Analysis of General Accounting Office, Armed Services Board of Contract Appeals, and Federal Court of Claims decisions on disputes involving performance specifications
Murphy-Sweet, Philip A.
Yoder, E. Cory
Tudor, Ron B.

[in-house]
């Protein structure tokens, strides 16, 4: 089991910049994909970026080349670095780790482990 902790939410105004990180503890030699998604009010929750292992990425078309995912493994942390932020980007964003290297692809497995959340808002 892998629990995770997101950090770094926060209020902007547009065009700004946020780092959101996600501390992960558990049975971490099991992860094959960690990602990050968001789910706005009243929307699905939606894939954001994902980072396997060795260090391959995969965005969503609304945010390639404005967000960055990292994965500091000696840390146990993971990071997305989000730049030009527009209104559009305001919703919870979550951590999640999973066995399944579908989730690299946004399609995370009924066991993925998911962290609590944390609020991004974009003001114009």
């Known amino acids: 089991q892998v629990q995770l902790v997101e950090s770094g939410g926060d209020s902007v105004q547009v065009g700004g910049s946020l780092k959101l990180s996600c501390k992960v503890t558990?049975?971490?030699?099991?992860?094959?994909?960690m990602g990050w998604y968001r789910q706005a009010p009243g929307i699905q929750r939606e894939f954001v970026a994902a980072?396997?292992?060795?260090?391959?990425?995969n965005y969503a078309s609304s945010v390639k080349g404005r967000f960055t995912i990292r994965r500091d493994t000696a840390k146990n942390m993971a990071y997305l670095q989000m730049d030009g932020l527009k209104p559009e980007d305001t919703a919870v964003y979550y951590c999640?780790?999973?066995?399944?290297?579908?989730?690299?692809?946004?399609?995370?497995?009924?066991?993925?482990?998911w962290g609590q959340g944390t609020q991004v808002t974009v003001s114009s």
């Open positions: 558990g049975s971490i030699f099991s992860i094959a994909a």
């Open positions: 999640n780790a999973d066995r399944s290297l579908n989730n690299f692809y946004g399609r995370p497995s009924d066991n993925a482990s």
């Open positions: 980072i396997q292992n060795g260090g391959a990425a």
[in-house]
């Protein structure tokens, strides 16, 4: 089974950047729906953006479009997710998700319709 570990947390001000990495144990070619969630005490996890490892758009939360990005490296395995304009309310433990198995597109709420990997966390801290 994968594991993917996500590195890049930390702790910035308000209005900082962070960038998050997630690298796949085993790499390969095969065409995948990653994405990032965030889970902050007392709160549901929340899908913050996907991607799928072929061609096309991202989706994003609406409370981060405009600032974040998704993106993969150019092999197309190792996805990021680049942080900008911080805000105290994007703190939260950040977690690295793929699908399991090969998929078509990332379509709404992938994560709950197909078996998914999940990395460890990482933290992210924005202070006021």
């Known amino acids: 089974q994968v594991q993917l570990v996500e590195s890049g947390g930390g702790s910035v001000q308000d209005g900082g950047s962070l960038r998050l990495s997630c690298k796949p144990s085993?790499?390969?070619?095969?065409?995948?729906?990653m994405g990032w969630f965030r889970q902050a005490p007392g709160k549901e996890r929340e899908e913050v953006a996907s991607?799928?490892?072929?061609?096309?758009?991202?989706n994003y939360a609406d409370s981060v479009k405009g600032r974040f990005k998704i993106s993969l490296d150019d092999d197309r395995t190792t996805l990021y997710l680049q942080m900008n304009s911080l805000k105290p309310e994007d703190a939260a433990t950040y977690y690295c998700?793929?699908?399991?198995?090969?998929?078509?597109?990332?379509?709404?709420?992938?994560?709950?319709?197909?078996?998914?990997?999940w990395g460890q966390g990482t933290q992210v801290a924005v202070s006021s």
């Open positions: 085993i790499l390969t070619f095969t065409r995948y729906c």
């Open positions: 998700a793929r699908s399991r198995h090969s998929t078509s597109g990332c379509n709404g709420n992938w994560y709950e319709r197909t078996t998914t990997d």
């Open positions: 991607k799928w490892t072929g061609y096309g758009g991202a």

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This thesis analyzed rulings and court cases from the General Accounting Office, Armed Services Board of Contract Appeals and Federal Court of Claims with respect to contract protests and disputes involving Performance Specifications. Performance Specifications generally leave the contractor open to decide the best means to accomplish the work of a contract and deliver the product called for in the contract. As compared with Design Specifications, which tell the contractor exactly the processes and materials that must be used to accomplish the task, Performance Specifications only specify the final product to be delivered and the parameters it will fulfill or operate within, and thus leave the contractor open to decide the best processes and procedures to accomplish the task. The use of Performance Specifications in the Defense acquisition process has been mandated from the Secretary of Defense since 1994. The intent in using Performance Specifications was to provide incentive to the contractor to become innovative and resourceful in performing the contract and hopefully, result in cost avoidances and savings to the Federal Government. This thesis will examine protests and disputes from the above sources to evaluate the use of Performance Specifications to date and compile any patterns of success or failure that can then be passed on to today's acquisition workforce.
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